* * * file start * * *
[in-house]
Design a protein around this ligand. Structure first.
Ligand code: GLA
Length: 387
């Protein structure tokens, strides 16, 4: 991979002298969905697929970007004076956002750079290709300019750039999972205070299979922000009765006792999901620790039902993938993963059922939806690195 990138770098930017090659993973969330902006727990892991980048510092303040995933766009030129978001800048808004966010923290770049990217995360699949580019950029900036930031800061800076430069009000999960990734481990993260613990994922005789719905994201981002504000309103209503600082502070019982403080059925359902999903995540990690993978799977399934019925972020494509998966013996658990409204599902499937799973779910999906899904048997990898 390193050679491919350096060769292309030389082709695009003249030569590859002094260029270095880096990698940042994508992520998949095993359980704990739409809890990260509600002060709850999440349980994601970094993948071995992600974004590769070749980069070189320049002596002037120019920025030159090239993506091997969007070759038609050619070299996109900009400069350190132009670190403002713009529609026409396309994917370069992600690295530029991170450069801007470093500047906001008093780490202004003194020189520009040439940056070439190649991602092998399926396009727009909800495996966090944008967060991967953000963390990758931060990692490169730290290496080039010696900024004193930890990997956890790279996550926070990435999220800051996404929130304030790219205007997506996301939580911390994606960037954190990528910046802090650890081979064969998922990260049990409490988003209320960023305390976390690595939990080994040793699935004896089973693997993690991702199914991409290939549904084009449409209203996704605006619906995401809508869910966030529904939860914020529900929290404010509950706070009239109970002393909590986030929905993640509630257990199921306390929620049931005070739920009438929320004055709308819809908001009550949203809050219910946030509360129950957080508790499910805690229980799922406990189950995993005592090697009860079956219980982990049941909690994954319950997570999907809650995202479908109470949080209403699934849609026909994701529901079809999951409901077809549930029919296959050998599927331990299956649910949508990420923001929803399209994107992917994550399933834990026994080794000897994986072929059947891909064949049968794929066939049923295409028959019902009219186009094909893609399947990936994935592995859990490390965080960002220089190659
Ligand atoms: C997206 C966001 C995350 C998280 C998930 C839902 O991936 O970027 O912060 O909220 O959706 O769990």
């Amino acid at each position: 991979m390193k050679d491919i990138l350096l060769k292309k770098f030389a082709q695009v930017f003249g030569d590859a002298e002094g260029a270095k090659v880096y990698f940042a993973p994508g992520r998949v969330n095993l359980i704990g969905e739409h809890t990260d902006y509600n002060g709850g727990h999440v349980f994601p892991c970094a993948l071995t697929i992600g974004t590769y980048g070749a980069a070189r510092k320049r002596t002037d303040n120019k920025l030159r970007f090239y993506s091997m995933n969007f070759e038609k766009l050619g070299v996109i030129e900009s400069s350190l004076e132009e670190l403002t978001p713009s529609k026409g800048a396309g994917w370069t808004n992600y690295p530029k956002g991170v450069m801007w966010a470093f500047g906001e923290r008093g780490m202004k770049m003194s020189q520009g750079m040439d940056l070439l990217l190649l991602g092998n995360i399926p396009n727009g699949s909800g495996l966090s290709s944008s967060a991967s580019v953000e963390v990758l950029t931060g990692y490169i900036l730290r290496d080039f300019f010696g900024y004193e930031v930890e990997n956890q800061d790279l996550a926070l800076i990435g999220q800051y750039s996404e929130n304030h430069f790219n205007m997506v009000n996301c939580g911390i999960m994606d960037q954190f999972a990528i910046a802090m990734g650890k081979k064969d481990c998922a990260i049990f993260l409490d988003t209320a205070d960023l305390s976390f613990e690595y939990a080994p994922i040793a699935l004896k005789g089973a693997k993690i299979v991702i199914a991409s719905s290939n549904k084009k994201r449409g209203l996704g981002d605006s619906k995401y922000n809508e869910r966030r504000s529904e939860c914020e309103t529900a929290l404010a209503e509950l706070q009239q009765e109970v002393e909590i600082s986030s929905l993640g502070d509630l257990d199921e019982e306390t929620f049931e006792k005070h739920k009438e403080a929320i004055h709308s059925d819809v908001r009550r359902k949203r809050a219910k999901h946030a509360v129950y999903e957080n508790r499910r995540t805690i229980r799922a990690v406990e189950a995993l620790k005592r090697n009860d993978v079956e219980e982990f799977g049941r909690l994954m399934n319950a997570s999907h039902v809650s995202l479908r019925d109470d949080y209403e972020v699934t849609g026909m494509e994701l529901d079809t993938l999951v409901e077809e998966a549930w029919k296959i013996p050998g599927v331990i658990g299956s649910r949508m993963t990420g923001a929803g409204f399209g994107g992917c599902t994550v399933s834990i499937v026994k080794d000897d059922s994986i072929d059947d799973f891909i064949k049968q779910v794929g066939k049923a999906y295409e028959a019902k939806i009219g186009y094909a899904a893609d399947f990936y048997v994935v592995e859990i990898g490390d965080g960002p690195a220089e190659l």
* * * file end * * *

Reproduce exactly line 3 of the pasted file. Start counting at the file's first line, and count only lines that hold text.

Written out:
Ligand code: GLA